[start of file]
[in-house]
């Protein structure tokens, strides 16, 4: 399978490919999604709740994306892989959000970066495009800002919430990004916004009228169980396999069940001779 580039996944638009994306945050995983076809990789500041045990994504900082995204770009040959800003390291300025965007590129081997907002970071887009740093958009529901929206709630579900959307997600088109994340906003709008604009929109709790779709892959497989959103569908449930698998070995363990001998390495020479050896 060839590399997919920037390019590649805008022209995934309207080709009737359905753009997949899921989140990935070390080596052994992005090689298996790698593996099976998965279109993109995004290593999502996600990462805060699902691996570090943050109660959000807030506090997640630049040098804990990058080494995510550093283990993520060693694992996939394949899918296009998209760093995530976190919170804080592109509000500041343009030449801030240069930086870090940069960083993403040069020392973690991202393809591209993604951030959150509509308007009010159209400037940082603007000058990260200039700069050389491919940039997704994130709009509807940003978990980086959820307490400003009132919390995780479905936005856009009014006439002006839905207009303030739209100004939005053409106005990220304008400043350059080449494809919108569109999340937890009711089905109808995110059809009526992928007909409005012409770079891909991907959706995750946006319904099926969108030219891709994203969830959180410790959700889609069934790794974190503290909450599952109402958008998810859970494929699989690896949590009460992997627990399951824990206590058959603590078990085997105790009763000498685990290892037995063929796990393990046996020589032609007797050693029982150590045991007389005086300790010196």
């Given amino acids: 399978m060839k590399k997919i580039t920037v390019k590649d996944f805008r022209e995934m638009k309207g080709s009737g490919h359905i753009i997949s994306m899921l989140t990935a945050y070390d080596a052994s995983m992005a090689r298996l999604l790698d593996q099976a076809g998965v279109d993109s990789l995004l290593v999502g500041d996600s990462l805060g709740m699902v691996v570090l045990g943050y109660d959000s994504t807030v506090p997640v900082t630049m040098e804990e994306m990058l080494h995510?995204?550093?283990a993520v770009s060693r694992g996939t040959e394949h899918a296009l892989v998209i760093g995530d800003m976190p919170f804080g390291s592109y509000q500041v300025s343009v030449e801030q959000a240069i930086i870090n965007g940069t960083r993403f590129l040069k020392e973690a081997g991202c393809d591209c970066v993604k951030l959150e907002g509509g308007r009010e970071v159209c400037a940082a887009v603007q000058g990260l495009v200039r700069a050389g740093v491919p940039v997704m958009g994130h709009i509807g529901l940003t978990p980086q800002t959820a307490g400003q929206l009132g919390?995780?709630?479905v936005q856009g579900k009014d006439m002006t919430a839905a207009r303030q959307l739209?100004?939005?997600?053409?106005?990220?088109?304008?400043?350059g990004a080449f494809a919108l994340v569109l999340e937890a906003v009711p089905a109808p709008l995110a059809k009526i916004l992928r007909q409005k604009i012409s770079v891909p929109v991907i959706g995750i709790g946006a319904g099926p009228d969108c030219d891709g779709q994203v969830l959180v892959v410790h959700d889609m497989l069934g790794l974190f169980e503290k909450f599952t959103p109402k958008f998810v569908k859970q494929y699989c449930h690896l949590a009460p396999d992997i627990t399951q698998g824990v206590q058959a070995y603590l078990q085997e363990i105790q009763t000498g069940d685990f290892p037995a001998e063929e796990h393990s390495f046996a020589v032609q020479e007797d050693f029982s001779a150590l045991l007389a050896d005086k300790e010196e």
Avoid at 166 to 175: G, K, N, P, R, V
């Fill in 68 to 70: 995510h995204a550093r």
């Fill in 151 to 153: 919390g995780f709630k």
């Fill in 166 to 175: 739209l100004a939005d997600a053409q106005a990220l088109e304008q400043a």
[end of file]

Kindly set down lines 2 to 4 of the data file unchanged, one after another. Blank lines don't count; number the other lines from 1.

């Protein structure tokens, strides 16, 4: 399978490919999604709740994306892989959000970066495009800002919430990004916004009228169980396999069940001779 580039996944638009994306945050995983076809990789500041045990994504900082995204770009040959800003390291300025965007590129081997907002970071887009740093958009529901929206709630579900959307997600088109994340906003709008604009929109709790779709892959497989959103569908449930698998070995363990001998390495020479050896 060839590399997919920037390019590649805008022209995934309207080709009737359905753009997949899921989140990935070390080596052994992005090689298996790698593996099976998965279109993109995004290593999502996600990462805060699902691996570090943050109660959000807030506090997640630049040098804990990058080494995510550093283990993520060693694992996939394949899918296009998209760093995530976190919170804080592109509000500041343009030449801030240069930086870090940069960083993403040069020392973690991202393809591209993604951030959150509509308007009010159209400037940082603007000058990260200039700069050389491919940039997704994130709009509807940003978990980086959820307490400003009132919390995780479905936005856009009014006439002006839905207009303030739209100004939005053409106005990220304008400043350059080449494809919108569109999340937890009711089905109808995110059809009526992928007909409005012409770079891909991907959706995750946006319904099926969108030219891709994203969830959180410790959700889609069934790794974190503290909450599952109402958008998810859970494929699989690896949590009460992997627990399951824990206590058959603590078990085997105790009763000498685990290892037995063929796990393990046996020589032609007797050693029982150590045991007389005086300790010196």
């Given amino acids: 399978m060839k590399k997919i580039t920037v390019k590649d996944f805008r022209e995934m638009k309207g080709s009737g490919h359905i753009i997949s994306m899921l989140t990935a945050y070390d080596a052994s995983m992005a090689r298996l999604l790698d593996q099976a076809g998965v279109d993109s990789l995004l290593v999502g500041d996600s990462l805060g709740m699902v691996v570090l045990g943050y109660d959000s994504t807030v506090p997640v900082t630049m040098e804990e994306m990058l080494h995510?995204?550093?283990a993520v770009s060693r694992g996939t040959e394949h899918a296009l892989v998209i760093g995530d800003m976190p919170f804080g390291s592109y509000q500041v300025s343009v030449e801030q959000a240069i930086i870090n965007g940069t960083r993403f590129l040069k020392e973690a081997g991202c393809d591209c970066v993604k951030l959150e907002g509509g308007r009010e970071v159209c400037a940082a887009v603007q000058g990260l495009v200039r700069a050389g740093v491919p940039v997704m958009g994130h709009i509807g529901l940003t978990p980086q800002t959820a307490g400003q929206l009132g919390?995780?709630?479905v936005q856009g579900k009014d006439m002006t919430a839905a207009r303030q959307l739209?100004?939005?997600?053409?106005?990220?088109?304008?400043?350059g990004a080449f494809a919108l994340v569109l999340e937890a906003v009711p089905a109808p709008l995110a059809k009526i916004l992928r007909q409005k604009i012409s770079v891909p929109v991907i959706g995750i709790g946006a319904g099926p009228d969108c030219d891709g779709q994203v969830l959180v892959v410790h959700d889609m497989l069934g790794l974190f169980e503290k909450f599952t959103p109402k958008f998810v569908k859970q494929y699989c449930h690896l949590a009460p396999d992997i627990t399951q698998g824990v206590q058959a070995y603590l078990q085997e363990i105790q009763t000498g069940d685990f290892p037995a001998e063929e796990h393990s390495f046996a020589v032609q020479e007797d050693f029982s001779a150590l045991l007389a050896d005086k300790e010196e």
Avoid at 166 to 175: G, K, N, P, R, V